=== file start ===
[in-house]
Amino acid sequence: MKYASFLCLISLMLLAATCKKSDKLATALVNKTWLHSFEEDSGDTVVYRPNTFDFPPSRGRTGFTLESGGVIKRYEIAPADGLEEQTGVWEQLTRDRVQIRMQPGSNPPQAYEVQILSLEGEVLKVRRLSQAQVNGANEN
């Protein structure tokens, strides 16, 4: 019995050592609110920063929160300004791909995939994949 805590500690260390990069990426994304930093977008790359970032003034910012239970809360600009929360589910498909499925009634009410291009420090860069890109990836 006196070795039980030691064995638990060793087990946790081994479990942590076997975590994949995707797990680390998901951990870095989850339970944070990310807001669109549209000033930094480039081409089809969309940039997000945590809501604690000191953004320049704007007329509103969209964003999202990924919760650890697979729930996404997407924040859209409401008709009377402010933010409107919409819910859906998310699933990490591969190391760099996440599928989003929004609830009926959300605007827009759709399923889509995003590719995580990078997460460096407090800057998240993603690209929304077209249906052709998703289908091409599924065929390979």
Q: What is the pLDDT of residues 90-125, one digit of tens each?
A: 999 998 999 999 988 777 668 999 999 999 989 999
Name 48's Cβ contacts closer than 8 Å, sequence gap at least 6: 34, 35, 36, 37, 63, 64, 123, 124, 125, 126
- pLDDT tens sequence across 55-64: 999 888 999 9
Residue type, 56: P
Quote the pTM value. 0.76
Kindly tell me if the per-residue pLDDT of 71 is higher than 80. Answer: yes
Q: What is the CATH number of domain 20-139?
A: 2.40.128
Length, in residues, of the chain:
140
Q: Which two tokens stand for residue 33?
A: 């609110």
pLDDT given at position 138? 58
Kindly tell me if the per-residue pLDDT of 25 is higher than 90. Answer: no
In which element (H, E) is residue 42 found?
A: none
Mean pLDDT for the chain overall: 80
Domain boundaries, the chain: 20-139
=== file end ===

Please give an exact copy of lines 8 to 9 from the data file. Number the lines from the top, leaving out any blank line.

Residue type, 56: P
Quote the pTM value. 0.76